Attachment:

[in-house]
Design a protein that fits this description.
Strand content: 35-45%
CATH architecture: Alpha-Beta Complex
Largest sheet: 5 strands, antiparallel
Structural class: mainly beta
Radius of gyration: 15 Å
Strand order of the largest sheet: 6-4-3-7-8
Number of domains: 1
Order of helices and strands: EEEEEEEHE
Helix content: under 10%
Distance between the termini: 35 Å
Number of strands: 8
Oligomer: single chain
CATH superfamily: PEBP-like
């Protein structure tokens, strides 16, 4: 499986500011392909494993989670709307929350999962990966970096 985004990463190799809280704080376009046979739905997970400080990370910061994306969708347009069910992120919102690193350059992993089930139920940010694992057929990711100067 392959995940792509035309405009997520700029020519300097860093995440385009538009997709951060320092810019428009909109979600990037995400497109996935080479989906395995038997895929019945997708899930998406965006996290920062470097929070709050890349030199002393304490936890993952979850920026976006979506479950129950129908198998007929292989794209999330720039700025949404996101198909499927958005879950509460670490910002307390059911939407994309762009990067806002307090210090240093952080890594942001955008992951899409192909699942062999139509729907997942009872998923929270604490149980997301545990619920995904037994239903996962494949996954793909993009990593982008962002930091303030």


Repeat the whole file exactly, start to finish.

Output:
[in-house]
Design a protein that fits this description.
Strand content: 35-45%
CATH architecture: Alpha-Beta Complex
Largest sheet: 5 strands, antiparallel
Structural class: mainly beta
Radius of gyration: 15 Å
Strand order of the largest sheet: 6-4-3-7-8
Number of domains: 1
Order of helices and strands: EEEEEEEHE
Helix content: under 10%
Distance between the termini: 35 Å
Number of strands: 8
Oligomer: single chain
CATH superfamily: PEBP-like
């Protein structure tokens, strides 16, 4: 499986500011392909494993989670709307929350999962990966970096 985004990463190799809280704080376009046979739905997970400080990370910061994306969708347009069910992120919102690193350059992993089930139920940010694992057929990711100067 392959995940792509035309405009997520700029020519300097860093995440385009538009997709951060320092810019428009909109979600990037995400497109996935080479989906395995038997895929019945997708899930998406965006996290920062470097929070709050890349030199002393304490936890993952979850920026976006979506479950129950129908198998007929292989794209999330720039700025949404996101198909499927958005879950509460670490910002307390059911939407994309762009990067806002307090210090240093952080890594942001955008992951899409192909699942062999139509729907997942009872998923929270604490149980997301545990619920995904037994239903996962494949996954793909993009990593982008962002930091303030």